New director on board at FSAMary Fischer replacing retiring Lee McAllister in Nobles County
By: Julie Buntjer, Worthington Daily Globe
WORTHINGTON — As people gathered for a retirement celebration Thursday afternoon to honor Lee McAllister for his years of service to the Nobles County Family Service Agency, Mary Fischer was busy learning the ropes of her new role in the department.
On Aug. 1, Fischer began training in Nobles County to take over McAllister’s role as director of family services in the county. It is a role she will split with Pipestone County, where she has served as Family Service Agency director for more than a year.
Fischer’s plan is to divide her time equally between both Pipestone and Worthington.
“I also plan to be working both systems every day — working on priority projects,” Fischer said.
The priorities faced in family services are quite similar in both counties, she said, adding that the collaboration between the agencies has existed for quite some time.
“The management arrangement is new, but the idea of collaborating — we have a long history of doing that,” said Fischer.
A native of Storden, Fischer graduated from Mankato State University in 1989 with a bachelor’s degree in social work. She went on to earn her master’s in social work in 1996 from St. Thomas/St. Catherine’s universities.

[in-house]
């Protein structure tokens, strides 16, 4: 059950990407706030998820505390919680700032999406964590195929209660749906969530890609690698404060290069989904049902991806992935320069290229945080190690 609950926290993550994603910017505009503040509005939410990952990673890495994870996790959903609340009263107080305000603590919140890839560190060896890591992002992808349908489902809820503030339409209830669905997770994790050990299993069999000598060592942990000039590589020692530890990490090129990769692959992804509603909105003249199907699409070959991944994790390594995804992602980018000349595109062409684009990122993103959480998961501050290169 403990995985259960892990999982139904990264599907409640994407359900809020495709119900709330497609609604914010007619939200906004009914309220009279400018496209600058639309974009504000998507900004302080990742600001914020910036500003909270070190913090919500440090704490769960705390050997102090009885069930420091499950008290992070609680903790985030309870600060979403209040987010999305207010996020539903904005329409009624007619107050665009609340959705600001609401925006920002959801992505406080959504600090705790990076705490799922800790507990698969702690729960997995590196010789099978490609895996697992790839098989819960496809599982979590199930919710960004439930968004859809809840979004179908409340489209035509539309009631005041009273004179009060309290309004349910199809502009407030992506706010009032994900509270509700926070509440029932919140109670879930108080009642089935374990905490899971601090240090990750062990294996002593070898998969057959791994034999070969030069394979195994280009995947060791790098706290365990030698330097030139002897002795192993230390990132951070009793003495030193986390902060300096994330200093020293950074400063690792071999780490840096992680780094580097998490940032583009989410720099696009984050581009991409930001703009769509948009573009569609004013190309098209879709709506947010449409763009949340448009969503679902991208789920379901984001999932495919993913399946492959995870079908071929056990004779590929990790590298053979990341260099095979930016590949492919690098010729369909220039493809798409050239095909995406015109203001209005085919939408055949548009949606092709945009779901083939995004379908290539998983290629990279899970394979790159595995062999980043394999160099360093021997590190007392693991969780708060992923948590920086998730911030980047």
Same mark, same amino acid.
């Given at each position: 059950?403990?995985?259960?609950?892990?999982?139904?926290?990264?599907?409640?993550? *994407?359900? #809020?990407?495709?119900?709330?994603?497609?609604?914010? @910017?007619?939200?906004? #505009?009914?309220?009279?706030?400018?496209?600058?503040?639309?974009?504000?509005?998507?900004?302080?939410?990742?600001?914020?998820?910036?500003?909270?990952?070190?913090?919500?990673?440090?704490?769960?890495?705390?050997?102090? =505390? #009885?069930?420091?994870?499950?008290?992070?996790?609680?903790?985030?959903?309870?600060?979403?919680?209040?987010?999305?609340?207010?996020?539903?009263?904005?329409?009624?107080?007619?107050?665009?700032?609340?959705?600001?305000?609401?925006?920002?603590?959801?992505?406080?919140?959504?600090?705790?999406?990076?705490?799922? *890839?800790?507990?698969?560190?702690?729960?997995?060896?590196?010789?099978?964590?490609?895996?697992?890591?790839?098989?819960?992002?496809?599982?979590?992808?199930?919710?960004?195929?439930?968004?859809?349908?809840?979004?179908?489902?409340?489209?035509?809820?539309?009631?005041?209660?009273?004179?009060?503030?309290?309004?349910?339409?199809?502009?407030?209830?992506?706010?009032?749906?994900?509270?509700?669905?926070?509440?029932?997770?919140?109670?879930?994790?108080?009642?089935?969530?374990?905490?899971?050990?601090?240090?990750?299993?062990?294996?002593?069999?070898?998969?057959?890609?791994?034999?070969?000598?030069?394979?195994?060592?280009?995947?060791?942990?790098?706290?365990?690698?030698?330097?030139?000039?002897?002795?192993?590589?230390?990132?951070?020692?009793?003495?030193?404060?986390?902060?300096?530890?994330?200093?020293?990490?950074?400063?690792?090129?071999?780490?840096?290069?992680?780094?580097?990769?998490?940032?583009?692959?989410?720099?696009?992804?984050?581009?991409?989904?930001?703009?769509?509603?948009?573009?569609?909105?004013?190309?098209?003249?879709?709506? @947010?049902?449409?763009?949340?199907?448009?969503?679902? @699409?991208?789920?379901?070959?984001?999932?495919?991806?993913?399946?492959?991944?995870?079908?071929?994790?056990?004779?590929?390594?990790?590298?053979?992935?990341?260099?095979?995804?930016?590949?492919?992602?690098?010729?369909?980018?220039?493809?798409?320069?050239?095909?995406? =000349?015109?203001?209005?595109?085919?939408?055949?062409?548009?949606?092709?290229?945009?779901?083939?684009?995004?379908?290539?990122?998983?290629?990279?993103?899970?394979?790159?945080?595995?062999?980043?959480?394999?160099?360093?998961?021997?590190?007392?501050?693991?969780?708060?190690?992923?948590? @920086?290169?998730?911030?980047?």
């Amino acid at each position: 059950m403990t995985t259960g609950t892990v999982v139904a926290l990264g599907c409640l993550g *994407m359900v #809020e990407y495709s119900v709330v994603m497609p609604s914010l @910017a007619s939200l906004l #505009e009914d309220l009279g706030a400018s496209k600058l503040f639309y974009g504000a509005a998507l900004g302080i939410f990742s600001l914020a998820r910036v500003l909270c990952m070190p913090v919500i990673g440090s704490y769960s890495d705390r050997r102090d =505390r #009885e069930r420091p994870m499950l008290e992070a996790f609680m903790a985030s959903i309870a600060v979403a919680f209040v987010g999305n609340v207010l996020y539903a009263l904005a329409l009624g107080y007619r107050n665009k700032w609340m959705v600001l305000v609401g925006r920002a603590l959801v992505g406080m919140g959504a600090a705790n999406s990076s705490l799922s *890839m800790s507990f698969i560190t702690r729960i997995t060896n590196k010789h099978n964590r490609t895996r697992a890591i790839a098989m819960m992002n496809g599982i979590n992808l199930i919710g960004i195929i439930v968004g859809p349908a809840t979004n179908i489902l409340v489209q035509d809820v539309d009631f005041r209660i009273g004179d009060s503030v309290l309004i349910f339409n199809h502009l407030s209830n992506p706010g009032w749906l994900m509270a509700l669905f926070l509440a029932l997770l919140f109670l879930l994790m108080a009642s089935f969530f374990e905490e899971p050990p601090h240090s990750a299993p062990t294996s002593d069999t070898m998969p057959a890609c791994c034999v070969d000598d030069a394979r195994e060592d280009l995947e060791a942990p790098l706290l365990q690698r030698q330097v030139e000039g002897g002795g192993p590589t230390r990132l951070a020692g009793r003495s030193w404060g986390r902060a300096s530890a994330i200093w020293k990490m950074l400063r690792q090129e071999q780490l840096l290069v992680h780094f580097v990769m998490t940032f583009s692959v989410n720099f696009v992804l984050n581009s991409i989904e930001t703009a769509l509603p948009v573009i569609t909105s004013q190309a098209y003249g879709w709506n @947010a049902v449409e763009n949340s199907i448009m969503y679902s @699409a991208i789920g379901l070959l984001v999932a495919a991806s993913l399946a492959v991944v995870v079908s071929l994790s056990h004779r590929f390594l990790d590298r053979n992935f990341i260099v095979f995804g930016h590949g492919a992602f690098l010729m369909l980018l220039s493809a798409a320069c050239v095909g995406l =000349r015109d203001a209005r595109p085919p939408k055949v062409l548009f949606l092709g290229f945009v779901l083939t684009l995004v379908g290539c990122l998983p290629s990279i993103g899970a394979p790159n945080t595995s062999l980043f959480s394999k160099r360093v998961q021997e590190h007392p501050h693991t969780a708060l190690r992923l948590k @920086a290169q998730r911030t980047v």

While working on her master’s, she worked for Cottonwood County for nearly a year, and then served with Lincoln, Lyon, Murray Family Services, where she remained through July 2007. While with Lincoln, Lyon and Murray Family Services, Fischer concentrated in case management in adult services, mental health disabilities, chemical dependency and children services supervision. She eventually became assistant director of the agency, gaining experience in all facets of social services.
“Having worked for Lincoln, Lyon, Murray, that was just a very good training ground (for the new role as director of two agencies),” said Fischer.
With nearly 20 years experience in family services, Fischer said she has an appreciation for the uniqueness of Nobles County.
“Nobles County is quite different in terms of diversity and the needs of the population,” she said. “I think that Worthington and Nobles County is an area with lots of potential. There are lots of good things happening already. You’ve got a really strong service system here. Worthington tends to be a regional hub for services and that’s exciting to me, too.”
Fischer and her husband, John, reside near Lynd with their three children, Thomas, 10, Isaac, 8, and Claire, 6.
The Nobles County Family Service Agency provides an array of programs for the communities it serves. Among them are child and adult protection services, child welfare, truancy, mental health services and services for the aging and developmentally disabled. The agency also handles child support and chemical dependency services, as well as foster care and day care services, and special needs adoptions.
“I’m just very excited to be here and thankful for the opportunity,” Fischer said of her new post.